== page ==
Even with an early kick-off on Friday morning, there’s still time for a little aggressive tailgating before heading into the stadium. The Black Tie Moving Pregame Tailgate Party is an opportunity to buy a ticket for admission to a fun morning of entertainment with the Kelly Long Band at a stage set up outside the South End Zone between gates 8 and 9 at Nissan Stadium. This hospitality event features an all-you-can-eat buffet with beer, wine, and specialty cocktails. The party starts up at 9:30 a.m. on game day and will continue until after kickoff. There are still tickets available for the game itself, ranging from $35 in the upper deck to $190 on the posh Club level of Nissan Stadium.
If you want to extend your trip after the game is over, there will still be plenty to do in and around Music City. Right across the river from Nissan Stadium, you can enjoy ice skating on a rink that is actually set up on the stage at Ascend Amphitheater. If you ever wanted to know what it was like to get onstage in Nashville, here’s your chance.
ICE! At Gaylord Opryland Hotel will remain open until New Year’s, sharing the whimsical story of the Dr. Seuss classic, How the Grinch Stole Christmas through colorful statues carved out of huge blacks of ice. Dress warmly, because they keep the rooms below ten degrees to make sure the Grinch stays cool.
Visitors can enjoy even more sports if they grab a ticket to the Nashville Predatorshockey game at 7 p.m. on Saturday, Dec. 29 as they play the historic New York Rangers NHL franchise at Bridgestone Arena. For a real sports fan, it’s tough to beat a bowl game/hockey game double header.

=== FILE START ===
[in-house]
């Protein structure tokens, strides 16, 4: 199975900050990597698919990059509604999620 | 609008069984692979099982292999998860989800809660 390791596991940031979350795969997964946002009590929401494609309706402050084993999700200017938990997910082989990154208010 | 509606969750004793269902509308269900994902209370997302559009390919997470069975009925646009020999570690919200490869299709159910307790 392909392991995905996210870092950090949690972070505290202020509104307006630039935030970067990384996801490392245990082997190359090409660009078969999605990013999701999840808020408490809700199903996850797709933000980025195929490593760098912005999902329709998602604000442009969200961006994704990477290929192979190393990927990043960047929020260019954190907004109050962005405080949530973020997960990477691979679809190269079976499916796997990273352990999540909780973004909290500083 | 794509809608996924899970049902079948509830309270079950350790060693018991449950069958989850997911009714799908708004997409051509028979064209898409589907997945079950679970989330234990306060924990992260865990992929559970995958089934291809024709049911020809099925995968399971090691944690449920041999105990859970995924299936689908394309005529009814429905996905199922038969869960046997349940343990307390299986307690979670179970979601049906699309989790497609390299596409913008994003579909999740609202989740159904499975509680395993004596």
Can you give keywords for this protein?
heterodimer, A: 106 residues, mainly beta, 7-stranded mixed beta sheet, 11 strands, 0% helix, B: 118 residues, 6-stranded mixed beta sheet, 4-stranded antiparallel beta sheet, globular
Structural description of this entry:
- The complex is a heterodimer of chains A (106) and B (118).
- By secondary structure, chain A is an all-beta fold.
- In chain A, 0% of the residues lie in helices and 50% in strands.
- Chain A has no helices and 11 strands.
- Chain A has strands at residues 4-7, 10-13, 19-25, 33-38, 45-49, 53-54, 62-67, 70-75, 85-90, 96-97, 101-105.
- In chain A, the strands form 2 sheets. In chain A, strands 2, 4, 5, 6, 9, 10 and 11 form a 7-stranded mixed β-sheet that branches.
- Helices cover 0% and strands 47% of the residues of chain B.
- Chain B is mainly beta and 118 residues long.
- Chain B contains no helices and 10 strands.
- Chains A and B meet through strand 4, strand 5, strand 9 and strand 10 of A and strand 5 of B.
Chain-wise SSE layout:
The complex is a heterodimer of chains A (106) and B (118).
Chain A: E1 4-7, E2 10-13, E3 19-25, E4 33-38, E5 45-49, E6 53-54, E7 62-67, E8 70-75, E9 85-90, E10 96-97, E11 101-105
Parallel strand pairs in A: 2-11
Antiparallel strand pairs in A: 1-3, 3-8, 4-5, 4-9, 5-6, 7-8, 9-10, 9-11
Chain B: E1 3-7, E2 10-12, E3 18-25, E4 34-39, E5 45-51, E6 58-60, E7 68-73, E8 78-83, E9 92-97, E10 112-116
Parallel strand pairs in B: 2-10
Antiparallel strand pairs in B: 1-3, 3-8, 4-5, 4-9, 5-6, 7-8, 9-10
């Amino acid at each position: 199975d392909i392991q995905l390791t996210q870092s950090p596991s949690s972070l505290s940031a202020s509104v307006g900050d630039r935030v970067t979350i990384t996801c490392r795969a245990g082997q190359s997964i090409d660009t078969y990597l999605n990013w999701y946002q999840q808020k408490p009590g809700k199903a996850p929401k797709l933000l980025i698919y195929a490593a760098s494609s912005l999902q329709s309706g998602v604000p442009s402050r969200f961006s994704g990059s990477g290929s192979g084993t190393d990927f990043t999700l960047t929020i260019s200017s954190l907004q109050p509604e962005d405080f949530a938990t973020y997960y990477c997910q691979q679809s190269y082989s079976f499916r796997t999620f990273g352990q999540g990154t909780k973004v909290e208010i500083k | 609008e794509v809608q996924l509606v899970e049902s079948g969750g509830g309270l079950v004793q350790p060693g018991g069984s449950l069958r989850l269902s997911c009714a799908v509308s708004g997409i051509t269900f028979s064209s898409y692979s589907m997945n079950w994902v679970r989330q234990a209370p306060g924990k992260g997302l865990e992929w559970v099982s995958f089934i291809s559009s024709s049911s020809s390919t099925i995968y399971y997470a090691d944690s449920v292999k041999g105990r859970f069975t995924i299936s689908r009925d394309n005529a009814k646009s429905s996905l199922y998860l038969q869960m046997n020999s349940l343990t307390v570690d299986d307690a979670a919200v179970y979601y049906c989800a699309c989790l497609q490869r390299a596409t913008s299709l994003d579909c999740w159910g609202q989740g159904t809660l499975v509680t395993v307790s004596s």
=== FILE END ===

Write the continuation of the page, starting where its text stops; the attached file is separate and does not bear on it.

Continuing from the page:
Or heck, you could just stay all week and experience a Music City New Year’s Eve, too! We promise you won’t be bored.
Nothing is over like Christmas.
Months of anticipation, and then it’s gone.
Try to hold on to it and it slides away like this morning’s dream.
People who tell us that it’s a pagan holiday,
just because it’s near the winter solstice,
may not realize what an intrusion that is upon our enjoyment.
We can each bring our own thoughts to the season,
and make it our personal non-pagan celebration.
It’s in the spirit of the beholder.
It’s hard to work up the spirit here in Florida,
but we give it a shot every year.
Misty decorates a tree,
and puts Christmas stuff all over the place.
We listen to Christmas music with the air conditioning on
and with palm trees lurking in the yard.
Television doesn’t help, with reports of all night sales,
talking heads urging us to be good consumers,
stranded travelers sleeping in airports,
and carolers singing “Happy Honda Days”.
I toss up futile prayers for snow here in the subtropics,
but this is the time of year
when we just get a cheap imitation of early autumn.
A couple of trees around here get a touch of red,
and I go look at them.
I get sentimental about Christmas,
probably because I had real Christmasy holidays years ago,
with folks who are no longer with us,
and my childish subconscious thinks it will happen again.
I think next year I’ll write a letter to Santa,
and ask him for one more snowfall in Buffalo,
where the night is silent, the homes are warm,
and Christmas is strong in the air.